Some say it violates organization’s mandate, limits exposure
An East Coast Music Association (ECMA) contract clause for showcasing artists at this year’s ECMA Week goes against the spirit of the association, musicians and industry professionals say, and makes things harder for some performers.
Chris Kirby told The Telegram he’s never attended a music conference that included a radius clause. — Telegram file photo
This year’s East Coast Music Week will happen in Charlottetown, P.E.I., from April 2-6. For the first time, the ECMA has introduced a radius clause in its contract with showcasing artists, banning them from performing at non-ECMA events anywhere on the island for a month around the conference without permission.
“Any performance on Prince Edward Island March 17-April 21 must be disclosed to and approved by the East Coast Music Association,” the contract reads. “ECMA is willing to discuss artist performances on Prince Edward Island within those dates, however, if an unacceptable performance overlap exists as determined by ECMA, the artist will choose either their ECMW showcase spot of the conflicting performance.”
The association notes in the contract that the clause is an “industry standard.”
When contacted by The Telegram, Heather Gibson, chair of the board for the ECMA, declined to comment.
“The board of directors of the ECMA will be making no further comment to media regarding the exclusivity clause that is a part of our performers’ contract. We look forward to discussing contracts directly with our showcasing artists or their representatives.”
Andria Wilson, the association’s executive director, told CBC in P.E.I. the clause exists to serve the artists, providing them with the opportunity to perform on “curated and well-produced stages that give them the best opportunity to show their work” that the ECMA can provide.
The artists, who all must be due-paying members of the association, pay a fee to apply for the chance to perform during the conference. Showcasing artists are paid AFM union rates, which sources told The Telegram are around $100 or less for a 20-minute performance.
Up until now, ECMW — no matter where it was held — saw practically every public space turned into a show venue, including bars, coffee shops, restaurants and churches. The radius clause could change this.
“In my opinion, (the clause) goes against the mandate of ECMA — which is to foster, develop and promote East Coast artists and their music — to limit the amount of exposure an artist can attain for his or her music at the ECMA showcasing event,” said Meghan Scott of Tuck and Roll Productions.
Scott works with a number of local musicians, including The Novaks, Chris Kirby and newcomer Brianna Gosse, who is showcasing this year.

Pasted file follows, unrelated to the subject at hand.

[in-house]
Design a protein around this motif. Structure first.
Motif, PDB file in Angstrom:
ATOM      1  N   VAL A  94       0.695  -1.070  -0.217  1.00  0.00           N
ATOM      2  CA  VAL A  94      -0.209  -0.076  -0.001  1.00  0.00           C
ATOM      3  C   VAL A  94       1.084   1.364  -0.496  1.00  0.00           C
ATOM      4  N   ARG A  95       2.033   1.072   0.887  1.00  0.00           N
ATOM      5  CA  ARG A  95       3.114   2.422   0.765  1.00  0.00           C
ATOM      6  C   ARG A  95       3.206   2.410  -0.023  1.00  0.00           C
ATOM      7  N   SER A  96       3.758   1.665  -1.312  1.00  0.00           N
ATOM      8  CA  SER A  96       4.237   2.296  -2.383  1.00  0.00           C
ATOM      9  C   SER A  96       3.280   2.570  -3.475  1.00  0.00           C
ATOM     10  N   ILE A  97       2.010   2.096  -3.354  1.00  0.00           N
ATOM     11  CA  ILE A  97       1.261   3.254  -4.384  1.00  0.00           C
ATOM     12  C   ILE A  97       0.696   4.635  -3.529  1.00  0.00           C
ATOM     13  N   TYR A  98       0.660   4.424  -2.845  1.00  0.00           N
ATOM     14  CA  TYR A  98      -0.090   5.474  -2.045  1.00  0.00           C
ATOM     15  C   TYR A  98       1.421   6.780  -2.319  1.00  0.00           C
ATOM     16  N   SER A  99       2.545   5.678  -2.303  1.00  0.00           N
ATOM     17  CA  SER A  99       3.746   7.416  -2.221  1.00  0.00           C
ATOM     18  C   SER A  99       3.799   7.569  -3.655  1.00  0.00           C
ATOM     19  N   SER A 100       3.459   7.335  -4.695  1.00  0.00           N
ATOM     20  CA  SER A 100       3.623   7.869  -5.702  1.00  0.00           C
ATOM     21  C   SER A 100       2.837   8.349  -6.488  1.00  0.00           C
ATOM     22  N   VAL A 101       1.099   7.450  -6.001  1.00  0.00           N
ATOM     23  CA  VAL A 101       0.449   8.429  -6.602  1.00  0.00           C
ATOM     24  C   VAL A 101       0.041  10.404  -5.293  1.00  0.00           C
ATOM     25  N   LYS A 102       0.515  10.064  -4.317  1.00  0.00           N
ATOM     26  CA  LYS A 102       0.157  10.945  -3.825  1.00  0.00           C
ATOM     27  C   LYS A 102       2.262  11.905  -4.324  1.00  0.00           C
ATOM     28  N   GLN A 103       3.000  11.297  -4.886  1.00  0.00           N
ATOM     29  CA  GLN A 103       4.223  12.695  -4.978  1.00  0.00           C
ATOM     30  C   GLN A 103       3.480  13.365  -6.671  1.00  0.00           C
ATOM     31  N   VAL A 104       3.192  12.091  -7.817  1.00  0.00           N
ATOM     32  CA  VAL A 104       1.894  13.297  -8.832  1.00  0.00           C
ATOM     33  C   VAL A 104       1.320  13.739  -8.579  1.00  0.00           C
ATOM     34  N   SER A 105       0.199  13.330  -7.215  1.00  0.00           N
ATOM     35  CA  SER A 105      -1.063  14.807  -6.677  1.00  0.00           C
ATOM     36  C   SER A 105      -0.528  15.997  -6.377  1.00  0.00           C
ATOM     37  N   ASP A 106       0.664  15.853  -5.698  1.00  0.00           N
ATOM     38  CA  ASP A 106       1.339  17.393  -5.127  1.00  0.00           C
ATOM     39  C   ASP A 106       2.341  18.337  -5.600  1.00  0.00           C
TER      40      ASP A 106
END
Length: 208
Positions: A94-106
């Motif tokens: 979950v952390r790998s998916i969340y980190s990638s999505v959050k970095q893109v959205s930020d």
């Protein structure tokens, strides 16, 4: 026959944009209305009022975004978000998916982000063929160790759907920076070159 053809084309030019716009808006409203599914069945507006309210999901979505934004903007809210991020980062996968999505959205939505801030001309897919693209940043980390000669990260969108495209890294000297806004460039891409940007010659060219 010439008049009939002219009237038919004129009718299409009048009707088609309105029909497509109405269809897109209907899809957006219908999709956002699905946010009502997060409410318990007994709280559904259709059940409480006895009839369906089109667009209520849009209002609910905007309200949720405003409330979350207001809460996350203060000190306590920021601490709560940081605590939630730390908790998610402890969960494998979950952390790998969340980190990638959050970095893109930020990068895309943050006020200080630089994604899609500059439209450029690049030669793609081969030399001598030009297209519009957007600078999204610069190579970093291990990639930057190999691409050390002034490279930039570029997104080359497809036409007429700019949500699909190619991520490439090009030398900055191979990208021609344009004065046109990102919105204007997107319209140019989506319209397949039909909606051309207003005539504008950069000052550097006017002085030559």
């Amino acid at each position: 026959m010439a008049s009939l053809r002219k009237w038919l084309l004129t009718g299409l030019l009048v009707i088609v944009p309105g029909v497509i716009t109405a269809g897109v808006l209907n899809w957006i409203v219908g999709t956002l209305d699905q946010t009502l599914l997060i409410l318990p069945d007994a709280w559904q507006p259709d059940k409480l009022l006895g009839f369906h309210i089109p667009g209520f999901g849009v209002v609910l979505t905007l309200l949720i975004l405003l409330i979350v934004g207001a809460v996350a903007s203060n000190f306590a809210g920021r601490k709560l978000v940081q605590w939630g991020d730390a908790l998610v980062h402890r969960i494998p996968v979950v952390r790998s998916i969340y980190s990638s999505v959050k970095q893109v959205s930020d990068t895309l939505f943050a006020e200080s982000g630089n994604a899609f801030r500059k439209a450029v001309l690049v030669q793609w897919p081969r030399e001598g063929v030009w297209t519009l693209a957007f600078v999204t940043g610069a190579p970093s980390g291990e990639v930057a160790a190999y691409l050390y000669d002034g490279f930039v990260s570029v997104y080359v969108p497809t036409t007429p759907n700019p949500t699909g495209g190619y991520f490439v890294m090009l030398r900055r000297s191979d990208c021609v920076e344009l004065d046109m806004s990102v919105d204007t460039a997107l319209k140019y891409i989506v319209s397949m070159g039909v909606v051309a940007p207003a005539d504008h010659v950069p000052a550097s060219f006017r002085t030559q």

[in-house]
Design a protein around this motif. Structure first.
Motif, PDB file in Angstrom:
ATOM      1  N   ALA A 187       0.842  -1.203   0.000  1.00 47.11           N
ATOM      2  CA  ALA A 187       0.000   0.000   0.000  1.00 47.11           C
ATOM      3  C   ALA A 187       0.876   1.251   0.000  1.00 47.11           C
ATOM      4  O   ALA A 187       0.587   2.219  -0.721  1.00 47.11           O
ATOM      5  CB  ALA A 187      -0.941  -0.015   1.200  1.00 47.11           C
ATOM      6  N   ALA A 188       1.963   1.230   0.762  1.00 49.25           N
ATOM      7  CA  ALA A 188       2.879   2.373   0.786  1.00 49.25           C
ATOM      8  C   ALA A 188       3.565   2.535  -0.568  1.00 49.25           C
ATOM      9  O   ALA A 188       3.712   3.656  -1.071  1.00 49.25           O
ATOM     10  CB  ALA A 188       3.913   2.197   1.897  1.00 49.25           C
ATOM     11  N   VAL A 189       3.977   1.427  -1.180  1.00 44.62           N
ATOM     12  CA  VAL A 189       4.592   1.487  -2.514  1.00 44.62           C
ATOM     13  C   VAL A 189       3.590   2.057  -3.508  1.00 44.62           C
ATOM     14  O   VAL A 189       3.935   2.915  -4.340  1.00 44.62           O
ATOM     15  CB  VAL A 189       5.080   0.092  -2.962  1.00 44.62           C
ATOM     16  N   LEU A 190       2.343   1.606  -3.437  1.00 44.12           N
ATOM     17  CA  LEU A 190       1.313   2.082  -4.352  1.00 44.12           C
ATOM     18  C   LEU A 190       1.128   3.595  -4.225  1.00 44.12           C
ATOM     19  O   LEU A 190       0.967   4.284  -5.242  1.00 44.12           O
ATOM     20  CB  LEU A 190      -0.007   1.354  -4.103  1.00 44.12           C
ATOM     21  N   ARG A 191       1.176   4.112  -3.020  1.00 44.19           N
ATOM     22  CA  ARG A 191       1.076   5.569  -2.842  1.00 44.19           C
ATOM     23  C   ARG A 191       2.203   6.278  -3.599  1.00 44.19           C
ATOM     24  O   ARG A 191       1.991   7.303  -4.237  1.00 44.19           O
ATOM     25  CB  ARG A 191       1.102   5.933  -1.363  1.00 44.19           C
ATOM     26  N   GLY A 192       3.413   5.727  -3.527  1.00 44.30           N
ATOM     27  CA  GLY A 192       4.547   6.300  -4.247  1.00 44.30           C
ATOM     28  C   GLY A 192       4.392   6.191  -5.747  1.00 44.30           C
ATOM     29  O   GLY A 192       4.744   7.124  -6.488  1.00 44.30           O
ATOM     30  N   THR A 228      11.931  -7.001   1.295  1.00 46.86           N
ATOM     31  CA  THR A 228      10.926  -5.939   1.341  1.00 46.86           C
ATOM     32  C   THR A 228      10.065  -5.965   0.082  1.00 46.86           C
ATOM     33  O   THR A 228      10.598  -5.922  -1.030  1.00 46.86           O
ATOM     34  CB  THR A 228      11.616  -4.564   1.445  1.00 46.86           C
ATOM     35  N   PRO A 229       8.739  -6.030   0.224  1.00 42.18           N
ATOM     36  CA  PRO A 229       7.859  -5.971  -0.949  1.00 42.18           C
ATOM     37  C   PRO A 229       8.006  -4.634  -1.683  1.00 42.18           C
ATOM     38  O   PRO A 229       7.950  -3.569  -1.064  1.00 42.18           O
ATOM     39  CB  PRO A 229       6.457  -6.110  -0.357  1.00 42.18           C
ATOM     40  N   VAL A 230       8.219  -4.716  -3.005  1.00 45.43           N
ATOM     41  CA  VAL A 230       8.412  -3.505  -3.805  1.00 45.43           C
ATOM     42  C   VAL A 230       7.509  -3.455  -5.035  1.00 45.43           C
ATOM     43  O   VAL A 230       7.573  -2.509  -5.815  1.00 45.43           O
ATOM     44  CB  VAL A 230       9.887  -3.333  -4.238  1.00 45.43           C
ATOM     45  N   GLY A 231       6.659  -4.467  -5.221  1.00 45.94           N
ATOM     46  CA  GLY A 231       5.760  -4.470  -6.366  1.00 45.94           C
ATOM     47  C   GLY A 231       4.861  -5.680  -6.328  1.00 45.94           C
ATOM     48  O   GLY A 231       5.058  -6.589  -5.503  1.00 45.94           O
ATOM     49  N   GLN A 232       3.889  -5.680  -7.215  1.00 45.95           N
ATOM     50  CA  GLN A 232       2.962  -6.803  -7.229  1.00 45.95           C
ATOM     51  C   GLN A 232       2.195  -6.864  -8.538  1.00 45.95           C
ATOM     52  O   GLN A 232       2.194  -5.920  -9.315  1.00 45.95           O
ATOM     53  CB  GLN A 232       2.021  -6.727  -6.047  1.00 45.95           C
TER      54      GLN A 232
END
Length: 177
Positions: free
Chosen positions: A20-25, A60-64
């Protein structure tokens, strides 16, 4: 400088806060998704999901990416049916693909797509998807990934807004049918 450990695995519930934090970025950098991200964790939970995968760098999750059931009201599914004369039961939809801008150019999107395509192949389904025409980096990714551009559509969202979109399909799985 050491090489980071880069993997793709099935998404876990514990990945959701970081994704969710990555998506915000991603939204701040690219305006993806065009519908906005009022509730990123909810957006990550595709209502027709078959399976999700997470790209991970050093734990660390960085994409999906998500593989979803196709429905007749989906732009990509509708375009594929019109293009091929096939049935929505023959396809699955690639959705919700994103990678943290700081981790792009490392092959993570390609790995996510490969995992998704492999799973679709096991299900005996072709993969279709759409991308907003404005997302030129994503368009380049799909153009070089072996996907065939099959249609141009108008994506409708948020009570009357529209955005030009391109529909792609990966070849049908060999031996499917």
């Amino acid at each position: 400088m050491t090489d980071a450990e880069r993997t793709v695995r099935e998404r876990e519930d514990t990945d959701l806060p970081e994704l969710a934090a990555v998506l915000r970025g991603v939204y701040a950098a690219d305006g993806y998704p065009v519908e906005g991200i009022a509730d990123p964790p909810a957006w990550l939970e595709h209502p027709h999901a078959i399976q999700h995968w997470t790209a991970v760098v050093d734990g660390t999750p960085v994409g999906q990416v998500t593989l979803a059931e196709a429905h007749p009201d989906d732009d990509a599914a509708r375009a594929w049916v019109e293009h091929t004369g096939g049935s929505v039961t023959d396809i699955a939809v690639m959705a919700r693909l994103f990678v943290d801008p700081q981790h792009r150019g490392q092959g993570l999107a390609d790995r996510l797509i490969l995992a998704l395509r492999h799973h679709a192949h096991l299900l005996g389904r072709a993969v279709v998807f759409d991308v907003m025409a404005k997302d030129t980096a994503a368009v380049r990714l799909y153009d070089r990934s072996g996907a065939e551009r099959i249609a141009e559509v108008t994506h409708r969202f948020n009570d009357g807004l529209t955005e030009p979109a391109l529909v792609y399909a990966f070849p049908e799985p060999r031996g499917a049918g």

In my opinion, (the clause) goes against the mandate of ECMA — which is to foster, develop and promote East Coast artists and their music. Meghan Scott, Tuck and Roll Productions
“A musical festival pays its artists big money to adhere to a radius clause, because they are being compensated for any potential performance opportunities within that radius. If ECMA was a festival paying festival rates and travel and accommodation for these artists, I’d have no problem with a radius clause. But it is a showcasing event meant to help further the careers of artists. The public is invited to boost revenue.
“I work with several Newfoundland artists, and it is tough enough for these artists to get to a mainland ECMA event, given the expenses. To limit these artists to one low-paying 20-minute showcase certainly makes the trip hard to justify.”
Chris Kirby told The Telegram he’s never attended a music conference that included a radius clause. He understands why the association implemented it, he said, and said he can’t flat-out disagree with it without knowing how lenient the ECMA will be when discussing possible non-sanctioned performances with artists.
The clause is a Band-Aid solution for a different problem that has been happening over the past few years, he said: unfair showcase distribution.
“ECMA tends to give hot artists the lion’s share of showcase opportunities, but why? Why does someone need five or 10 official showcases?,” Kirby questioned. “This is the root of the problem. The organization itself has set the bar for spreading its artists too thin, while leaving many other deserving artists in the cold.”
About 1,150 East Coast musicians applied to showcase at this year’s ECMW. The association announced 75 chosen acts earlier this year. Artists from this province include Amelia Curran, RocketRocketShip, Sherman Downey and the Ambiguous Case, Duane Andrews and Craig Young, Katie Baggs, Matthew Hornell, Steve Maloney and the Wandering Kind and Tonya Kennedy. More showcasing artists will be announced Feb. 18, when this year’s nominees are revealed.
MusicNL’s executive was contacted for this story but declined comment.